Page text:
did it take along time for people to get their books?
I pre-ordered months before the 2nd edition came out. My books arrived within a couple of weeks of the expected date.

Is it Powell's that has delayed? Maybe you could call them:

"My book hasn't arrived and I feel left out because I need to read chapter 2 so I can respond. Would you please tell me when you expect to send the book?"

You know, I may joke about the 4-part replies, but I figure the more clear I am about those when I have the time to think about it, the more easily it will come in stressful, face-to-face situations. I'm just practicing.
post #34 of 36
I'm so fascinated by all of your stories about practicing NVC with your children. Ds is only 5 mo, so there isn't much opportunity. I just meet his demands! LOL.

One thing that struck me about this chapter is how similar it is to buddhist principles. For instance, one of the primary buddhist principles is to observe each moment as it arises without judgment. Just pure observation without the extra stuff of "this shouldn't be happening" or "I really like this" or "why can't he do that?" In other words, without all of our likes and dislikes and judgement tacked on to the experience.

I've thought about your suggestion elemental that NVC (or the lack thereof) might explain violence in our country. Such an interesting idea! I wonder, though, why there would be such a discrepancy in violence between the US and Canada, when (I assume) that the language is so similar (i.e., the lack of NVC).
post #35 of 36
Quote:
Originally posted by Rebekah
I wonder, though, why there would be such a discrepancy in violence between the US and Canada, when (I assume) that the language is so similar (i.e., the lack of NVC).
This topic is definitely more worthy than a blurb from an ex-pat Cdn., but first of all, yes, I agree that NVC is lacking in Canada, too, (probably a global problem!). Also, there's becoming much more of a feeling of "us vs. them" (violent communication #1), especially in places where there's lots of immigrants from Hong Hong and India. But that goes both ways - my Hong Hongese-heritage friend was born in Canada and grew up in my small town and learned only a little Cantonese - when she moved to the West Coast for university none of the caucasian people would be friends with her b/c she was Hong Hongese and none of the Hong Honese would be her friend b/c she couldn't speak Cantonese fluently!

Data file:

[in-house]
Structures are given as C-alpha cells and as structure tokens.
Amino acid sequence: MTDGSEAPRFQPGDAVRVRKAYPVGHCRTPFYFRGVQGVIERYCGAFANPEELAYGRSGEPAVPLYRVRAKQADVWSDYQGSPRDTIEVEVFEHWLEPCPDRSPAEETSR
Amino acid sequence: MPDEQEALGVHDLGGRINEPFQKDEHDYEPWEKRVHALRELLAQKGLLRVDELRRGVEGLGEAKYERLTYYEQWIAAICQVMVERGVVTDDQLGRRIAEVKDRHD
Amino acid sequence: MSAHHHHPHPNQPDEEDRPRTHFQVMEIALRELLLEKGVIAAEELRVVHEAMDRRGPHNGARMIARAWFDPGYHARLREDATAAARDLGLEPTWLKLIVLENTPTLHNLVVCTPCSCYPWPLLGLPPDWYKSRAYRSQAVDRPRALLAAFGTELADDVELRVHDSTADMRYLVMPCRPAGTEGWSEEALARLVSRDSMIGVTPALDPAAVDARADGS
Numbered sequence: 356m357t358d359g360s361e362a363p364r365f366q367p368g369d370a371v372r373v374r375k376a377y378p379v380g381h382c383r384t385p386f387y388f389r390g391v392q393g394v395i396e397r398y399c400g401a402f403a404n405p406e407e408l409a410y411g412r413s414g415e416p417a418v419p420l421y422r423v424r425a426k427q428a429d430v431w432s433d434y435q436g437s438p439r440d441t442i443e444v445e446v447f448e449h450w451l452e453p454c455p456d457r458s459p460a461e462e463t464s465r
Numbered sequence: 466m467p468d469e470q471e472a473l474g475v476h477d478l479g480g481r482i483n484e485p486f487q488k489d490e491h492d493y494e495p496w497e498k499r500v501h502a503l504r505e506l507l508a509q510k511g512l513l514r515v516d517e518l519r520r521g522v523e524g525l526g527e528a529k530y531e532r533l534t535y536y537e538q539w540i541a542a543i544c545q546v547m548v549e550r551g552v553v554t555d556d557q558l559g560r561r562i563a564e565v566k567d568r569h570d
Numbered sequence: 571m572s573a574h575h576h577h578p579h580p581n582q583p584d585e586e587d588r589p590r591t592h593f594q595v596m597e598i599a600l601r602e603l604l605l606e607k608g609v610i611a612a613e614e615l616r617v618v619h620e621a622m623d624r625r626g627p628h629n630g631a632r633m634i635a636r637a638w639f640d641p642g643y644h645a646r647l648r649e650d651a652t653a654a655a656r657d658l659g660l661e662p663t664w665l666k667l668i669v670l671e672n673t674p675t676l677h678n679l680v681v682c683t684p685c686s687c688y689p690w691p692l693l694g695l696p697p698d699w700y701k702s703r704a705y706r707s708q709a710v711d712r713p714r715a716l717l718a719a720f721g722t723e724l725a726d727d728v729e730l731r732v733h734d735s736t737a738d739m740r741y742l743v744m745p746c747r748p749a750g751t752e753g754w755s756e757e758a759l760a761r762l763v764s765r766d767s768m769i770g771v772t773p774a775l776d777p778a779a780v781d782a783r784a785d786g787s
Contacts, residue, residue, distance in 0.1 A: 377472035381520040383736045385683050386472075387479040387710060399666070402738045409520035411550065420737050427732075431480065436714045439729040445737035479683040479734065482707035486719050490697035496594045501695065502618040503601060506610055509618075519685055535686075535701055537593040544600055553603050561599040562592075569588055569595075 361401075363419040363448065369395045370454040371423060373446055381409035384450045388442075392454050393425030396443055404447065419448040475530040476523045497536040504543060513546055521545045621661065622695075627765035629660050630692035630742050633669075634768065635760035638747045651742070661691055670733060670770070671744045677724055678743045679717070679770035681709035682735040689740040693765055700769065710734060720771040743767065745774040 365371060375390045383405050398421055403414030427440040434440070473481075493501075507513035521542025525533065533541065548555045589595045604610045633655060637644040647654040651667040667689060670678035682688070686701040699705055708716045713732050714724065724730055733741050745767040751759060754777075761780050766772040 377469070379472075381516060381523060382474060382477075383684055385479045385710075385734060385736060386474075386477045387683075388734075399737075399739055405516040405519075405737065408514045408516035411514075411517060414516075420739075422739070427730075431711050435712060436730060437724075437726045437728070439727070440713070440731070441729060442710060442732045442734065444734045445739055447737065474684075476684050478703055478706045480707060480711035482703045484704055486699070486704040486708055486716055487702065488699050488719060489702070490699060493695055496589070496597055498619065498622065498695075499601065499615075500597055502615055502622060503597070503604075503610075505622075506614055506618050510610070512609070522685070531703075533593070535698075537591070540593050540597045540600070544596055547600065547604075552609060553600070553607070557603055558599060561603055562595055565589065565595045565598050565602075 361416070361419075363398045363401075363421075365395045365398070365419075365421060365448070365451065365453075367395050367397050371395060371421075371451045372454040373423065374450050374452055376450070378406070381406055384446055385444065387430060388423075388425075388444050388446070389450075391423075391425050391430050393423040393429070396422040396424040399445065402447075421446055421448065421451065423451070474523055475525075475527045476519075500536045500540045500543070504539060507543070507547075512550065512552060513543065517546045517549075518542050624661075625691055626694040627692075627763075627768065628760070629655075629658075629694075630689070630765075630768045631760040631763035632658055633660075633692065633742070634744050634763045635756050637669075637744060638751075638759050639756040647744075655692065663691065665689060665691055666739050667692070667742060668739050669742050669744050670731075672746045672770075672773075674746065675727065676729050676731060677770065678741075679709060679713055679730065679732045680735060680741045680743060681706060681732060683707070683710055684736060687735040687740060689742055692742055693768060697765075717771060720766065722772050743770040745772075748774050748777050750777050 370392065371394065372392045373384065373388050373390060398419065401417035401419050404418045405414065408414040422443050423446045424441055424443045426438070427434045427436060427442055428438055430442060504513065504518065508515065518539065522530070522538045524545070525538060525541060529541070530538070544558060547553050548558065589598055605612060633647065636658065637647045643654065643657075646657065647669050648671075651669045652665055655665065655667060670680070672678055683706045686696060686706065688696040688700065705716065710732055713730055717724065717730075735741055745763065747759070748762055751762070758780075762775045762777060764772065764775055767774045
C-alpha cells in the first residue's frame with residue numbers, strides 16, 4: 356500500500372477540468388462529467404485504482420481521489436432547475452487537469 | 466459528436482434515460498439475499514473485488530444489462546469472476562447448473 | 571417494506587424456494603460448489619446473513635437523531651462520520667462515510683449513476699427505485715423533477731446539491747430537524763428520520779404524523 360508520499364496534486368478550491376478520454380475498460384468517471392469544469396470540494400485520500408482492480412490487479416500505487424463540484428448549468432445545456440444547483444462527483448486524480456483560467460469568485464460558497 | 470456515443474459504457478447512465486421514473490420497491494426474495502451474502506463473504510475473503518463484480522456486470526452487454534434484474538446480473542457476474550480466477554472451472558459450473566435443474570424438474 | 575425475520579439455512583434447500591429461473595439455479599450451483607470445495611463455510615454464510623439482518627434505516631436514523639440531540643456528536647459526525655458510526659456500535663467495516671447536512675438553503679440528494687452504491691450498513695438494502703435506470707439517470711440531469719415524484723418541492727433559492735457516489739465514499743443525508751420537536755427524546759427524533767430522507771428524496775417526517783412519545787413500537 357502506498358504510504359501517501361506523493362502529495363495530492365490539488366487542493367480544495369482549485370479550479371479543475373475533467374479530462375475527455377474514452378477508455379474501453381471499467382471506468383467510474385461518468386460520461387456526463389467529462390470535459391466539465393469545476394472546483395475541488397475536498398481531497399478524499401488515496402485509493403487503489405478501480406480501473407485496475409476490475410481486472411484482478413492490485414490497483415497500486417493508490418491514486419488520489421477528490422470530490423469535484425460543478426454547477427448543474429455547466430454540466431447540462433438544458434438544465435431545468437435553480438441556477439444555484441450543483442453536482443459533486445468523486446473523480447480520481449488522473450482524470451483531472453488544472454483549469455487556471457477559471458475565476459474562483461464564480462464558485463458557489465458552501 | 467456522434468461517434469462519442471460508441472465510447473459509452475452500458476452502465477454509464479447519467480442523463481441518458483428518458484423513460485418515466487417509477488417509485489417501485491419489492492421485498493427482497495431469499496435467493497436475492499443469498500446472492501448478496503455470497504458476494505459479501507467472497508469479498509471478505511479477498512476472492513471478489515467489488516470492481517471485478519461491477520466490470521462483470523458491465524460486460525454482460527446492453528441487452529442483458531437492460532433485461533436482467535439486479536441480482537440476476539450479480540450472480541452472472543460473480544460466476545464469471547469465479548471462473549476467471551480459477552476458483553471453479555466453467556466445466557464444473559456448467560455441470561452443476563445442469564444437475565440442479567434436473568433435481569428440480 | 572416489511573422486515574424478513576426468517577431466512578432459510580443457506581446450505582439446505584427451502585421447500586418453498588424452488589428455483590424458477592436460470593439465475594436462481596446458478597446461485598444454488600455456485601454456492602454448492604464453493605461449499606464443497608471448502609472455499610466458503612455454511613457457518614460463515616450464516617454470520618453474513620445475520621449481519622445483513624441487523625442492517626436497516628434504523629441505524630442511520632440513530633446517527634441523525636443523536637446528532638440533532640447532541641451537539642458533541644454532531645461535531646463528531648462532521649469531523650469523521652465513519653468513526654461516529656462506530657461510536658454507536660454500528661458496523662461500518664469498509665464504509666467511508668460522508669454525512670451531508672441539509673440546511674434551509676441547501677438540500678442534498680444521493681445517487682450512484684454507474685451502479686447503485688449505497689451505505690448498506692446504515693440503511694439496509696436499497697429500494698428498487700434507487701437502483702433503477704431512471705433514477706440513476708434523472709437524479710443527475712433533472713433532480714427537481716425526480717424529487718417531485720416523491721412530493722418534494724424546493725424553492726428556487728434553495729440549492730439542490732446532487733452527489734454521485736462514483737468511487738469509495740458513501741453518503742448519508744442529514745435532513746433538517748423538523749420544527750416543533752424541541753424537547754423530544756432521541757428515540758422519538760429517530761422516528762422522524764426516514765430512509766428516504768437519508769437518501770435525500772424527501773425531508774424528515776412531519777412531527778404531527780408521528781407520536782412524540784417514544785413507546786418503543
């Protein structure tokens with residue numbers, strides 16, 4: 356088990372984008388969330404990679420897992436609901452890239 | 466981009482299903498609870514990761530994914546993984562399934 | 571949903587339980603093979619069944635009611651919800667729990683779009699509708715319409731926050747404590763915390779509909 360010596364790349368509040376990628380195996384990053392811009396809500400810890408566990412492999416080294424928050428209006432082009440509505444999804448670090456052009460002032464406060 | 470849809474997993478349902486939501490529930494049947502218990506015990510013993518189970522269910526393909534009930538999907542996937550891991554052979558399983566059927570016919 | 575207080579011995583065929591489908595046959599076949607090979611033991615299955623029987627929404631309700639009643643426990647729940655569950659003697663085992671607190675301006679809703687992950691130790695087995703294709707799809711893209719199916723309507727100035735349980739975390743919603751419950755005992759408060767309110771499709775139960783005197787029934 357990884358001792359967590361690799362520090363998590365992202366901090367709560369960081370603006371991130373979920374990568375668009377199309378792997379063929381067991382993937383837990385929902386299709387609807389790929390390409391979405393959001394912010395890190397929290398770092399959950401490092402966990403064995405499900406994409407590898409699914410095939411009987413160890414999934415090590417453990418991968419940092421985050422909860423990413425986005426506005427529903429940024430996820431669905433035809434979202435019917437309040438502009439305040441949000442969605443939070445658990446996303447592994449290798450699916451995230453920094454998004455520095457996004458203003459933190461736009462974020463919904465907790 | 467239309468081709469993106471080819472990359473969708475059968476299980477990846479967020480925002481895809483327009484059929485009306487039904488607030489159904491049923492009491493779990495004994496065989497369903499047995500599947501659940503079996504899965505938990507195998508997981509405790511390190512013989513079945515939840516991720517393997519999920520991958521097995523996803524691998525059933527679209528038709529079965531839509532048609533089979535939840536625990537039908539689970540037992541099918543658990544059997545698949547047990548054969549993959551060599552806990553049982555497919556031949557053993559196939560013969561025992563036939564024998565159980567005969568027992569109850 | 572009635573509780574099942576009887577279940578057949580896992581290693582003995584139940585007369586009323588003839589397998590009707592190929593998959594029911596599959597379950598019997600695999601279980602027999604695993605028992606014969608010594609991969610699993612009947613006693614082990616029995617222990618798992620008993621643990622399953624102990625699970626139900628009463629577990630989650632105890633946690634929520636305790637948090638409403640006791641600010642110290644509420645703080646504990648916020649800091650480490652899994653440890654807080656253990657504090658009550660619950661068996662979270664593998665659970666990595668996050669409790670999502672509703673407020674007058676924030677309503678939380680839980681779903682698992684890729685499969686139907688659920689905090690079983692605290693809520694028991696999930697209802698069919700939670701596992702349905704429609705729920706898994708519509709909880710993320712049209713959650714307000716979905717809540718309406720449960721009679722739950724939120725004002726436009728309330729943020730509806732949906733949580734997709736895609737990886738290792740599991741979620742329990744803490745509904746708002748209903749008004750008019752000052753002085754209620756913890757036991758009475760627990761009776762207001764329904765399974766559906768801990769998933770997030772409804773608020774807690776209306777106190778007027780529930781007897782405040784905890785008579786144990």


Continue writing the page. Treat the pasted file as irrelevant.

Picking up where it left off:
We all need to consider how we can use NVC and other methods to learn to communicate more compassionately - there's a lot of anger from people everywhere b/c they aren't being listened to. When I first moved to the US I was truly SHOCKED at the racism I observed in caucasians toward Hispanics (prevalent in the agricultural area I moved to) and the stereotypes (beer-drinking-eh-saying-maple-syrup-collecting-igloo-living-"oot"-pronouncing Canadians) I encountered...but now I am crushed to hear of (Cdn) relatives who are becoming more racist b/c "those people" steal their jobs and are rich...may we all learn from our mistakes and the mistakes of others...hopefully we, in learning NVC, will be able to impact our families as a first step toward truly listening to global problems.
post #36 of 36

Time for a New Chapter

Join the new thread to discuss Nonviolent Communication Chapter 3, "Observing without Evaluating."